Carruthers,Robin, director. They Planted a Stone. World Wide Pictures, 1953.
6. ---. director. World Garden. Spectator,1942.
7. Desmond, Ray. Kew: The History of the Royal Botanic Gardens. The Harvill Press, 1995.
8. Deverell, Richard. “Addressing Racism Past and Present.” Kew Royal Botanical Gardens, 12 June 2020, www.kew.org/read-and-watch/kew-addresses-racism.
9. Duke,Daryl, director. Tai Pan. De Laurentiis Entertainment Group, 1986.
10. Endersby, Jim. “Gardens of Empire: The Role of Kew and Colonial Botanic Gardens.” Gresham College, 2 Dec. 2019, www.gresham.ac.uk/lectures-and-events/gardens-of-empire.
11. Flower: Exploring the World in Bloom. Curated by Phaidon Editors, Phaidon, 2020.
12. Flusser, Vilém. Gestures. 1999.Translated by Nancy Ann Roth, U of Minnesota P, 2014. https://doi.org/10.5749/minnesota/9780816691272.001.0001.
13. Griffith, D. W, director. Broken Blossoms. D. W. Griffith Productions, 1919.
14. Hall, Matthew. Plants as Persons: A Philosophical Botany. SUNY, 2011.
15. Kew Blossoms. British Pathé, 1967, www.britishpathe.com/video/kew-blossoms/query/kew+blossoms.
16. Kew Gardens.British Pathé,1962, www.britishpathe.com/video/kew-gardens.
17. Kimmerer, Robin Wall. Braiding Sweetgrass: Indigenous Wisdom, Scientific Knowledge, and the Teachings of Plants. Milkweed Editions, 2013.
18. King, Henry. Love Is a Many-Splendored Thing. Twentieth Century Fox, 1955.
19. Lu, Pan, and Bo Wang, Miasma, Plants, Export Paintings.Andrew Lone, 2017.
20. ---, directors. Many Undulating Things.BÖC Features Production and Ulsan MBC Co-production, 2019.
21. Marder, Michael. Plant-Thinking: A Philosophy of Vegetal Life. Columbia UP, 2013.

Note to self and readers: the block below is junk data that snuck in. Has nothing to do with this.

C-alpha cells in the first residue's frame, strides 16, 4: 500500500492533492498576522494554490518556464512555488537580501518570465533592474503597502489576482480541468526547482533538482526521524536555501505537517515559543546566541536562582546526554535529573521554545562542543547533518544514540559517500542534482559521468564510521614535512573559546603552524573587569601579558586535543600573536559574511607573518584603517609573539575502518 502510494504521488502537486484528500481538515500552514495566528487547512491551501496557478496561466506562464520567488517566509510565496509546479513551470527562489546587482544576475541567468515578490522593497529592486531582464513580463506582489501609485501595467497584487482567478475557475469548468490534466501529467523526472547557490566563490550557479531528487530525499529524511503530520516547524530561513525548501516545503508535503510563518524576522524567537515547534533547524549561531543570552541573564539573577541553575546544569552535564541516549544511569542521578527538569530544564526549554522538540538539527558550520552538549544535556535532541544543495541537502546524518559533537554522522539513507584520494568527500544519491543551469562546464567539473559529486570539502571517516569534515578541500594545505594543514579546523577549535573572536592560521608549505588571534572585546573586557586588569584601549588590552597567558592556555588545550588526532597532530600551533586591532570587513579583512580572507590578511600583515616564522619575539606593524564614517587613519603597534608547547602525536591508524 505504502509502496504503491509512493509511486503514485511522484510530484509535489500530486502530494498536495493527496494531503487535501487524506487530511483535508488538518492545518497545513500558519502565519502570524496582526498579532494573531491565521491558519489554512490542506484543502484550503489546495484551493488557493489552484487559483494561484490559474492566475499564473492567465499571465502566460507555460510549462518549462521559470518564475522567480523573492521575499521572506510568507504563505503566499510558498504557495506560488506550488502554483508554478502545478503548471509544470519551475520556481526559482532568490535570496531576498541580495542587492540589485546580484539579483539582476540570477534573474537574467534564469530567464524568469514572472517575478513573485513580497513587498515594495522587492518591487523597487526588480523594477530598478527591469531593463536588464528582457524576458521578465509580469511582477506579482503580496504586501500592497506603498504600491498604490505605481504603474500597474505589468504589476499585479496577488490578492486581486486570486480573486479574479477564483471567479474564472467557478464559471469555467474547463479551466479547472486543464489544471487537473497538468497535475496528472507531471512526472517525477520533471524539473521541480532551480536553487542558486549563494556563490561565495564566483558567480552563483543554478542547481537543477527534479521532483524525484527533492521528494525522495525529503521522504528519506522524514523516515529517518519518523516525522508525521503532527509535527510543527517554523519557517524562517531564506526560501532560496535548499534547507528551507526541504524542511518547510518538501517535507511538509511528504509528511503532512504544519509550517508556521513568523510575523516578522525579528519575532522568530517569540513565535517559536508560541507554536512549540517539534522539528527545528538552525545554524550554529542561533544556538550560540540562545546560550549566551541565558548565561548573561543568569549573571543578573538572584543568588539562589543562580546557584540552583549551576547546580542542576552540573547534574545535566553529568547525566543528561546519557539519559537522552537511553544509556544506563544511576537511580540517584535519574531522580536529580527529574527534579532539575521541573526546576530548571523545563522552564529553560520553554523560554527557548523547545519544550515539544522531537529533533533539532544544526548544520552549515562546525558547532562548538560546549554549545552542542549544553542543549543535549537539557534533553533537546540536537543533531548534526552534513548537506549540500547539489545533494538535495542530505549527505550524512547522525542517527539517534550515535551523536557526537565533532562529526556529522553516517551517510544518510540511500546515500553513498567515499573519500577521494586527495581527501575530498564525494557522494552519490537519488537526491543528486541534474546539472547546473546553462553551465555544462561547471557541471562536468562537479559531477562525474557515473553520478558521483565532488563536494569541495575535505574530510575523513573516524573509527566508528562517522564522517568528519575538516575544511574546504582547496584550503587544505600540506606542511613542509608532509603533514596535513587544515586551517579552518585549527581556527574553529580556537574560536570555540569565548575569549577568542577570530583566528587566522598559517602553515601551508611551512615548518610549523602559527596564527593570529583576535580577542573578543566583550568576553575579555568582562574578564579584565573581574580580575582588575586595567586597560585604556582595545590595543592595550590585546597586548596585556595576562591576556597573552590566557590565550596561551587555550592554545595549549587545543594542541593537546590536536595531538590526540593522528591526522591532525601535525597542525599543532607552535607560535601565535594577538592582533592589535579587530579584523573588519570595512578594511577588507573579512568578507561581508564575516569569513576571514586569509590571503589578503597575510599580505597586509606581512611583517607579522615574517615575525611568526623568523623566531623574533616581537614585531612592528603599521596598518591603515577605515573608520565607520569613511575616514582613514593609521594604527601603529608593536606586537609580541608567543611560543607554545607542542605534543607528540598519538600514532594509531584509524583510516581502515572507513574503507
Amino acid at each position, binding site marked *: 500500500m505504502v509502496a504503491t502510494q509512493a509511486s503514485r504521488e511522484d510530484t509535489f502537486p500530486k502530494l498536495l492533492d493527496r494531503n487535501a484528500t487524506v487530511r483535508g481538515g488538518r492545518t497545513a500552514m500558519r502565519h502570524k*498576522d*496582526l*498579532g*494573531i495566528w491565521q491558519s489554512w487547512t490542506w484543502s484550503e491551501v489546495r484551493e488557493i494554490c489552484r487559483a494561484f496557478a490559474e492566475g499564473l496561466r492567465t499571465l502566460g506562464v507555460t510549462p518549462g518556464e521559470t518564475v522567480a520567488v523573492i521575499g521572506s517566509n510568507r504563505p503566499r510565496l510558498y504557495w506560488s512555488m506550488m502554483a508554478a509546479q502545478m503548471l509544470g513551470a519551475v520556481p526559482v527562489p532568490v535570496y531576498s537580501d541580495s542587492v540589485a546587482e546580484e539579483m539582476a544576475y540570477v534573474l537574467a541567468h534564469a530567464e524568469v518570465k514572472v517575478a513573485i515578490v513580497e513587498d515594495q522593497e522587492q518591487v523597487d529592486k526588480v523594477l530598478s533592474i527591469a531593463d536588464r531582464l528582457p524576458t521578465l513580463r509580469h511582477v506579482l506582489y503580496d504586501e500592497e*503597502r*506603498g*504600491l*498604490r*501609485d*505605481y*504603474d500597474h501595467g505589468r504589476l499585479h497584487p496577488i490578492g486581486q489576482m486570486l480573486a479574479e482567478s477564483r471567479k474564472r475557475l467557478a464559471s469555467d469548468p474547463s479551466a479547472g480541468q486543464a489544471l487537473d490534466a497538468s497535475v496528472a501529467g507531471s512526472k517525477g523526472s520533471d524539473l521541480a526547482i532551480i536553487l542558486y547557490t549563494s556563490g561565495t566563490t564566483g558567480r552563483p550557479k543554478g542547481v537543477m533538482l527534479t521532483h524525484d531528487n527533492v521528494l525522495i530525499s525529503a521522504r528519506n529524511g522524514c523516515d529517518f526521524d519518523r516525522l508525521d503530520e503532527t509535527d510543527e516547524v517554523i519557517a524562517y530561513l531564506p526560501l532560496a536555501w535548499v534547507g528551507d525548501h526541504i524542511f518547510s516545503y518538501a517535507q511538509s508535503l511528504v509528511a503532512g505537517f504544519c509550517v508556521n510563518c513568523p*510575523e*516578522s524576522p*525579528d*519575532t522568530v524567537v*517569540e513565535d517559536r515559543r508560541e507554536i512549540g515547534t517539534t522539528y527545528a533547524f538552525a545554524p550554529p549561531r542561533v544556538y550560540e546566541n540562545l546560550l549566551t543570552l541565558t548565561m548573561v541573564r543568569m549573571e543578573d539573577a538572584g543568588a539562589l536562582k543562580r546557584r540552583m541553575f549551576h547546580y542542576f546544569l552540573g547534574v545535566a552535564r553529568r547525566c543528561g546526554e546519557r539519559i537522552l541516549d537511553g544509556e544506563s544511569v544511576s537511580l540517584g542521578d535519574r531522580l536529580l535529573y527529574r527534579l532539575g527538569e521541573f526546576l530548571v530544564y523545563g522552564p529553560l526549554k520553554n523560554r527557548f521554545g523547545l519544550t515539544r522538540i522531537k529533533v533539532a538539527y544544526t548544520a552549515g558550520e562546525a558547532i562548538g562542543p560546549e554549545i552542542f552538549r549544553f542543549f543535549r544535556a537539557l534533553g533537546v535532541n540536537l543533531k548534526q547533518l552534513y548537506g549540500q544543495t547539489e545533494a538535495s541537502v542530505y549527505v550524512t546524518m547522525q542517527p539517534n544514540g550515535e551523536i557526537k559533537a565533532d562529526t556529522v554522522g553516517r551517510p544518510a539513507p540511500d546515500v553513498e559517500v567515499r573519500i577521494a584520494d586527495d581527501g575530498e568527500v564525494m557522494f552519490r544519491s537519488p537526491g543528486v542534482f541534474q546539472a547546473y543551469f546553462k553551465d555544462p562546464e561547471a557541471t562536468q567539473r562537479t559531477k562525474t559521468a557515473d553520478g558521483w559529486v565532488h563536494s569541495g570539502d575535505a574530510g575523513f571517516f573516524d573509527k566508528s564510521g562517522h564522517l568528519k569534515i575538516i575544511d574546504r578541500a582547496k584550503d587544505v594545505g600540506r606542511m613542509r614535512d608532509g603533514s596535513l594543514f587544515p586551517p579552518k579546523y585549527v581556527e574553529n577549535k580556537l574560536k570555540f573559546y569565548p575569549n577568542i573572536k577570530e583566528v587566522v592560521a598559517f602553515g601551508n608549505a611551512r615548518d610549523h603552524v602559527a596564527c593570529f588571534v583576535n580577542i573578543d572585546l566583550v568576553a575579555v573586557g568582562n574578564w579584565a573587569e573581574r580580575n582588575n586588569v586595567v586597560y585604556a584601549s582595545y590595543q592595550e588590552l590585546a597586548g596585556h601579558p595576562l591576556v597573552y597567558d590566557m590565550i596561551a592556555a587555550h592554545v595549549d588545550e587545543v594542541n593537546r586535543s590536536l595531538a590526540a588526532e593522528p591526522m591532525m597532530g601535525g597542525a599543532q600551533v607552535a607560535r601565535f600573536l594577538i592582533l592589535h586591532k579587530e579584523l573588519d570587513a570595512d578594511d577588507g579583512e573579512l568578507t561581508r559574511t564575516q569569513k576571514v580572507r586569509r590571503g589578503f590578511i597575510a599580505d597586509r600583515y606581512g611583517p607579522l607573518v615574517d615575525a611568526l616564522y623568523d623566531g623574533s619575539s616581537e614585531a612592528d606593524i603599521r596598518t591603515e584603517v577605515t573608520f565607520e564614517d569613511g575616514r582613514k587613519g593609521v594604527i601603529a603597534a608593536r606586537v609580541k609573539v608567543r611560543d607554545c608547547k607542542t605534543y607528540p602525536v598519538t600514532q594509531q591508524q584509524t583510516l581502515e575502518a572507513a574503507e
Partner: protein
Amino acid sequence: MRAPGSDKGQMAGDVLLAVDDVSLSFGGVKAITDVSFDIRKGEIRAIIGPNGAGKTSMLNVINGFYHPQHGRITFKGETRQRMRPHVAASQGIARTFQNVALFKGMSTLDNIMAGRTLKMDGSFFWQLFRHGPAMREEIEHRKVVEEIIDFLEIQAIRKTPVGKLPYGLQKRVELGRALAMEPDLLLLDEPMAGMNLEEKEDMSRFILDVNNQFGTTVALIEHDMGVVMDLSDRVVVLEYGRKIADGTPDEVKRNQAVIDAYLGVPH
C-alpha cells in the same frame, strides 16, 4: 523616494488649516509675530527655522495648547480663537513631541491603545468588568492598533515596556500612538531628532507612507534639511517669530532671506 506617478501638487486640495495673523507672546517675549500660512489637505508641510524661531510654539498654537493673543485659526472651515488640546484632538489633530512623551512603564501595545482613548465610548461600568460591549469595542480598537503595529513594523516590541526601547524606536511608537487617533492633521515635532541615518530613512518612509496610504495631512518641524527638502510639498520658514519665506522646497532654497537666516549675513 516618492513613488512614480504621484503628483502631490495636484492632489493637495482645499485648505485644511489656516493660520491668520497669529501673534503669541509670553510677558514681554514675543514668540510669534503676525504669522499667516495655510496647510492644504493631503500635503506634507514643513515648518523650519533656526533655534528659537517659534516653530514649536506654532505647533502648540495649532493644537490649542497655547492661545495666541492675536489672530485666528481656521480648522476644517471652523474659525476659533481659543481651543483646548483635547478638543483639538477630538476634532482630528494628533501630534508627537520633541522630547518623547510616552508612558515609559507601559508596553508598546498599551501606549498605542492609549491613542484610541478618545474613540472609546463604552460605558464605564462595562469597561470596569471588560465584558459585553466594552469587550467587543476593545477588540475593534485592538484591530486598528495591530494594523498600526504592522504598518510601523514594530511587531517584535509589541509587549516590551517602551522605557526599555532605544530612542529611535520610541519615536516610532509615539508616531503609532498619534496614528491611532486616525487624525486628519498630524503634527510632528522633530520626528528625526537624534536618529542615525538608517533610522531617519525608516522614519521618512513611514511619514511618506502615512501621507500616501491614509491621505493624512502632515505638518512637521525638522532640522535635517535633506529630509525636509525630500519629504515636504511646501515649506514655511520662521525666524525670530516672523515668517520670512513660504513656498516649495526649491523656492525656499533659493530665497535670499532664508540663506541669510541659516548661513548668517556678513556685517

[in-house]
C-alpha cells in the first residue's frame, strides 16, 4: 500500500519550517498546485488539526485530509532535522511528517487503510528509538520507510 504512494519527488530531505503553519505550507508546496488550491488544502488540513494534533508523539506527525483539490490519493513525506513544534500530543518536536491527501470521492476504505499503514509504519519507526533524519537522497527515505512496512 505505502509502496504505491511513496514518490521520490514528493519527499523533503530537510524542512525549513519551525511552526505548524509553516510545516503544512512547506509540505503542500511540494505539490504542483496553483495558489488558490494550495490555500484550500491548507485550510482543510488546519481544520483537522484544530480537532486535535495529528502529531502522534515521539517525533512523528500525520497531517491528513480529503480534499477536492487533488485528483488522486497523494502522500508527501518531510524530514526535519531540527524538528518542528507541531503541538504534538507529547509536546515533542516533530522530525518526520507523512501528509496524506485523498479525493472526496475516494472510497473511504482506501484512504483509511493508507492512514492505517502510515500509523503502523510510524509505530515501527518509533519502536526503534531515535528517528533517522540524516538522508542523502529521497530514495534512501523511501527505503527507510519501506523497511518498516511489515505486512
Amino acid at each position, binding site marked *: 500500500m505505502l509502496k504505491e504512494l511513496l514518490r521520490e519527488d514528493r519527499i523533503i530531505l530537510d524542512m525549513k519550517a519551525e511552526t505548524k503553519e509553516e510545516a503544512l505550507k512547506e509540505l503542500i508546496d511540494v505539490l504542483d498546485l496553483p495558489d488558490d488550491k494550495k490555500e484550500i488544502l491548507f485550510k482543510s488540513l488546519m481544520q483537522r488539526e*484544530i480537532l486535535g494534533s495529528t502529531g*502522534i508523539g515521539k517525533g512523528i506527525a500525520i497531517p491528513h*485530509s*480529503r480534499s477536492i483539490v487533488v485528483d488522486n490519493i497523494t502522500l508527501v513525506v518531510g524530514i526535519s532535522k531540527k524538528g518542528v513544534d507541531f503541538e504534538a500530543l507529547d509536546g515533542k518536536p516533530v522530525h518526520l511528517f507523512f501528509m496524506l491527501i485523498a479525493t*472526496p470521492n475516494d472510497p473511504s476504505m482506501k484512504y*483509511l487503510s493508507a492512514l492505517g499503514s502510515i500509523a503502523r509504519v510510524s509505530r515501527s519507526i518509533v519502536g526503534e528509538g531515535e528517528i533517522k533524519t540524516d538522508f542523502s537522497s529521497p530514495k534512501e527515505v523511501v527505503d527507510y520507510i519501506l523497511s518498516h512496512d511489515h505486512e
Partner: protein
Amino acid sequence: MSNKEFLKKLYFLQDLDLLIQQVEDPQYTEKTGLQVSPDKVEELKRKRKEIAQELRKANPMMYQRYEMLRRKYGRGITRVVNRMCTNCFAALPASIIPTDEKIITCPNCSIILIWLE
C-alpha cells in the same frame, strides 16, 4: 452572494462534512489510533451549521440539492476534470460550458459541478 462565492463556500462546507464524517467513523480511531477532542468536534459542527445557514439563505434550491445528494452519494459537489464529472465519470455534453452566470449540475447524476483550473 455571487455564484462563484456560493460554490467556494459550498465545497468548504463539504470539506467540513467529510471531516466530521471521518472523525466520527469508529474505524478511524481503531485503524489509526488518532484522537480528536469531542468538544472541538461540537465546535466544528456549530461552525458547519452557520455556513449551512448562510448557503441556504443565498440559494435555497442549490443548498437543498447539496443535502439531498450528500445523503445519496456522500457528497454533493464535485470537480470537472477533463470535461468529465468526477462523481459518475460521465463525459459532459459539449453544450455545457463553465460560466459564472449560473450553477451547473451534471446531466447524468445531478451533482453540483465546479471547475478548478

22. “Miasma, Plants, Export Paintings.” Bo-wang.net, www.bo-wang.net/miasma.html. Accessed 30 May 2022.
23. Mignolo, Walter D. “DELINKING: The Rhetoric of Modernity, The Logic of Coloniality and the Grammar of Decoloniality.” Cultural Studies, vol. 21, no. 2–3, 2007, pp. 449–514. https://doi.org/10.1080/09502380601162647.
24. ---. “Looking for the Meaning of Decolonial Gesture.” Hemispheric Institute, vol. 11, no. 1, 2014, edited by Jill Lane, Marcial Godoy-Anativia and Macarena Gómez Barris, hemisphericinstitute.org/en/emisferica-11-1-decolonial-gesture/11-1-essays/looking-for-the-meaning-of-decolonial-gesture.html.
25. Parker, Lynn, and Kiri Ross-Jones. The Story of Kew Gardens in Photographs.Arcturus Publishing Limited, 2013.
26. A Prospect of Kew. World About Us Series, BBC2, 1981.
27. Royal Botanic Gardens, Kew.“The World-Class Plants at Kew.” YouTube, 1 Apr. 2020, youtu.be/QVCM2lVgbg4.
28. ---. “How to Paint Like a Botanical Artist.” 29 Apr.2021, youtu.be/3No8SaxkxL8.
29. ---. “What is Botanical Art?”YouTube, 25 Apr. 2019, youtu.be/_B6yRDDxOzw.
30. Trees.British Pathé,1940, www.britishpathe.com/video/trees/query/trees.
31. Tsing, Anna. “Arts of Inclusion, or, How to Love a Mushroom.” Australian Humanities Review, no. 50, 2011, pp. 5–21. https://doi.org/10.22459/AHR.50.2011.01.
Cooper, Sarah. “Decolonial Gesture and the Screening of the Botanical Artist in Miasma, Plants, Export Paintings (Bo Wang and Pan Lu, 2017).” Alphaville: Journal of Film and Screen Media, no. 23, 2022, pp. 93–110. https://doi.org/10.33178/alpha.23.05
Sarah Cooper is Professor of Film Studies at King’s College London. Her recent publications include Film and the Imagined Image (Edinburgh University Press, 2019) and an edited volume of Paragraph: A Journal of Modern Critical Theory, “New Takes on Film and Imagination” (vol. 43, no. 3, 2020). She has written previously on plants and film, attending specifically to flowers in articles on Rose Lowder, Jessica Hausner, and F. Percy Smith.